We are thankful for Eileen Abrams’ sharing of her story, as we believe in the importance of being tested for hep C even though it can be stressful. We know a positive antibody test does not always mean you have chronic hep C. Elieen shares her experience with us.
After having blood work done my Doctor calls, I need to come in for a visit immediately. I wasn’t really concerned as I had been anemic as a child and thought I needed some iron pills. When I was called into his office he seemed very serious as he tells me I tested positive for Hep C. It didn’t upset me as I didn’t know what Hep C was, figuring he would give me some meds to clear this up. He then tells me he is sending me to the top liver doctor at UC San Francisco Medical Centre. I suddenly realized this could be serious, and after discussing this with me he informs me that I could die from this virus and probably have 20 years to live.
On the way home to Oakland where I lived, I started to panic. After doing some research on my computer I completely freaked out. I felt that I had an enemy inside of me that I had to get rid of. My appointment with the specialist wasn’t for another week, and I knew I needed to talk to someone who had this virus. I then called The American Liver Foundation in San Francisco and they suggested I call a man who was going through the treatment. The conversation I had with him was very disturbing when he told me I will probably die from it.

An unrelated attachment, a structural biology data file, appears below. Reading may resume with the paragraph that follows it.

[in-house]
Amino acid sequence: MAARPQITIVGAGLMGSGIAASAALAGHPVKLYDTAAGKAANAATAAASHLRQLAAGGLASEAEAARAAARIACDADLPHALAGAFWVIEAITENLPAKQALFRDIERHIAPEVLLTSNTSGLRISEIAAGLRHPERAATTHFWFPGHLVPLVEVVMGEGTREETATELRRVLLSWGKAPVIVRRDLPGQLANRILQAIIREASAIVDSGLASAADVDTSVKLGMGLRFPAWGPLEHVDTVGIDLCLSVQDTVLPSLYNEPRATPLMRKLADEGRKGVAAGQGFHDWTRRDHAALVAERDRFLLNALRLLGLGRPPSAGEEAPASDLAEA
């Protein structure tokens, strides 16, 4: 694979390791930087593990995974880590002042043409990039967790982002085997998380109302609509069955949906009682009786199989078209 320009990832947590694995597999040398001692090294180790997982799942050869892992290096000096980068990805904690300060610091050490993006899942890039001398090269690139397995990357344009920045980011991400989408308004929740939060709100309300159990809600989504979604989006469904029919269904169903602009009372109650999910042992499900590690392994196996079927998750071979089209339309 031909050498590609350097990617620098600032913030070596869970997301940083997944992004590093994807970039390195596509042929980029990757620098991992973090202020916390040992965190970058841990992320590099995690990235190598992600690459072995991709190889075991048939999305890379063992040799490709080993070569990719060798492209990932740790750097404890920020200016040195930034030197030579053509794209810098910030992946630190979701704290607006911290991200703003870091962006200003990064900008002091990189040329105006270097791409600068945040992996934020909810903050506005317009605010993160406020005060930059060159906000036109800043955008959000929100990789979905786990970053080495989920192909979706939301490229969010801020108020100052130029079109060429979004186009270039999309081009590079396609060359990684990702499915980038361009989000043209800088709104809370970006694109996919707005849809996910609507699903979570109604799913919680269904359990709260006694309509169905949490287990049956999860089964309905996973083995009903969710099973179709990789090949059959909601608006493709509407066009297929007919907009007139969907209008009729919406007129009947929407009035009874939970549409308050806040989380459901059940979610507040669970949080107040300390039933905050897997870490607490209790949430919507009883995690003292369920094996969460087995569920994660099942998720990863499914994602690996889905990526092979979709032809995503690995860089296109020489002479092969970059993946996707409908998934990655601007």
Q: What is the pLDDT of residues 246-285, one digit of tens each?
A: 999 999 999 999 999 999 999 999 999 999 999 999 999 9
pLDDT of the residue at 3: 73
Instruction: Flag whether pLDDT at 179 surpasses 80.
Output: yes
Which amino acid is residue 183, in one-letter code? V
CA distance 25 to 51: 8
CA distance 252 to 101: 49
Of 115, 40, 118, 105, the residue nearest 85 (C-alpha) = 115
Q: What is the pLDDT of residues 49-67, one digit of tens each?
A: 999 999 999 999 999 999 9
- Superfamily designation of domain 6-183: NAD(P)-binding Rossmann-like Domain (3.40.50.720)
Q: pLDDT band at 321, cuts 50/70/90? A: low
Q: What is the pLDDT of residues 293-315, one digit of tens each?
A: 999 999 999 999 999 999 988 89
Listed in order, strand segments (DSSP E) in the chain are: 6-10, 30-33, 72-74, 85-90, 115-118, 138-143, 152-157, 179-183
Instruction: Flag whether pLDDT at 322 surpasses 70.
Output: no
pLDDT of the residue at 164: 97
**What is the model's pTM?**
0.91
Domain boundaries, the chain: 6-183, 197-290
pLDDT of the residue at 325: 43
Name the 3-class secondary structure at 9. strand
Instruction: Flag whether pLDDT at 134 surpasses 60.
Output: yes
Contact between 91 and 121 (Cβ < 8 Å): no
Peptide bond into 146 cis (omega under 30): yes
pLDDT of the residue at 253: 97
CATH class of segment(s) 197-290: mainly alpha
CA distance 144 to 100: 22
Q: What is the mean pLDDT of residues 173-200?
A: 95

The Doctor at UCSF Med Centre was very kind and explained they were doing another blood test that would define whether I did have the virus and what stage it was at. This was a very difficult time for me as my sister who lived in Montreal was dying from breast cancer. On my way to see her, I get a call from the Doctor telling me that I had been exposed to the virus but my body had cleared it naturally. I was filled with joy and sadness as my sister passed away before I reached Montreal.
I’ve always felt that certain things happen for a reason and I knew I had to give back in some way. I felt there were others out there with the virus who might welcome some support and I created a support group by telling my story to the media. I as well reached out to Bay Area Rapid Transit and was able to put huge posters on 140 trains for three months of the year for six years and a number for them to reach me at. I was overjoyed at the results. We met once a month at Kaiser Hospital in Oakland. I chaired the meetings and people were relieved to have a safe place to talk about their condition. We shared information on meds, diet, fear of what the future held for them as the treatments were very harsh 20 years ago. Some people became very good friends and others were just happy to have a place to share their feelings.
I realize that for the six years I ran the support group it was very helpful for those who were at different stages of the disease.